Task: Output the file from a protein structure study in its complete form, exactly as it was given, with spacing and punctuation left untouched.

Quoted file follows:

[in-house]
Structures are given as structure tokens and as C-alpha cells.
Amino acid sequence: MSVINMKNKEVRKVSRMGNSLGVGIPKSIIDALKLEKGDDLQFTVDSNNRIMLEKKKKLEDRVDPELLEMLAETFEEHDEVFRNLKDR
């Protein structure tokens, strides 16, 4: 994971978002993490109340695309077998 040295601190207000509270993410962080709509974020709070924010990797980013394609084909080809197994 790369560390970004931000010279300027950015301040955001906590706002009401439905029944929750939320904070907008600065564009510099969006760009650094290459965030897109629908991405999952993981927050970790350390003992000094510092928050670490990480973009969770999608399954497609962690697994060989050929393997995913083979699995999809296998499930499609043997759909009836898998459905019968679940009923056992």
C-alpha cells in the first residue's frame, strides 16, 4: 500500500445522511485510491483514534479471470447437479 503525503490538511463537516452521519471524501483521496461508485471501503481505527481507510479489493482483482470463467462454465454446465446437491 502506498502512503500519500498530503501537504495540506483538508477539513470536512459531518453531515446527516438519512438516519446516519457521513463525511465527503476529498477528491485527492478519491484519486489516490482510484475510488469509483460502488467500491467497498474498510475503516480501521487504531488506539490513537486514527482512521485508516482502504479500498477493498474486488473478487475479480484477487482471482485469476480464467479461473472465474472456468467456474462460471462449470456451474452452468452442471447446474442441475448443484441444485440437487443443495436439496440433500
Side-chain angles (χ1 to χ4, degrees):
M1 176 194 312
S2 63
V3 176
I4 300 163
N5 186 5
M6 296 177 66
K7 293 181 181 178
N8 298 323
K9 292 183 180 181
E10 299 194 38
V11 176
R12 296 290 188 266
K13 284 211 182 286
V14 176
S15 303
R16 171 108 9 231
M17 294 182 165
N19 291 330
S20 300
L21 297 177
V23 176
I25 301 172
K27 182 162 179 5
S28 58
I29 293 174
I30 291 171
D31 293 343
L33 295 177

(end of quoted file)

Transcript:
[in-house]
Structures are given as structure tokens and as C-alpha cells.
Amino acid sequence: MSVINMKNKEVRKVSRMGNSLGVGIPKSIIDALKLEKGDDLQFTVDSNNRIMLEKKKKLEDRVDPELLEMLAETFEEHDEVFRNLKDR
């Protein structure tokens, strides 16, 4: 994971978002993490109340695309077998 040295601190207000509270993410962080709509974020709070924010990797980013394609084909080809197994 790369560390970004931000010279300027950015301040955001906590706002009401439905029944929750939320904070907008600065564009510099969006760009650094290459965030897109629908991405999952993981927050970790350390003992000094510092928050670490990480973009969770999608399954497609962690697994060989050929393997995913083979699995999809296998499930499609043997759909009836898998459905019968679940009923056992």
C-alpha cells in the first residue's frame, strides 16, 4: 500500500445522511485510491483514534479471470447437479 503525503490538511463537516452521519471524501483521496461508485471501503481505527481507510479489493482483482470463467462454465454446465446437491 502506498502512503500519500498530503501537504495540506483538508477539513470536512459531518453531515446527516438519512438516519446516519457521513463525511465527503476529498477528491485527492478519491484519486489516490482510484475510488469509483460502488467500491467497498474498510475503516480501521487504531488506539490513537486514527482512521485508516482502504479500498477493498474486488473478487475479480484477487482471482485469476480464467479461473472465474472456468467456474462460471462449470456451474452452468452442471447446474442441475448443484441444485440437487443443495436439496440433500
Side-chain angles (χ1 to χ4, degrees):
M1 176 194 312
S2 63
V3 176
I4 300 163
N5 186 5
M6 296 177 66
K7 293 181 181 178
N8 298 323
K9 292 183 180 181
E10 299 194 38
V11 176
R12 296 290 188 266
K13 284 211 182 286
V14 176
S15 303
R16 171 108 9 231
M17 294 182 165
N19 291 330
S20 300
L21 297 177
V23 176
I25 301 172
K27 182 162 179 5
S28 58
I29 293 174
I30 291 171
D31 293 343
L33 295 177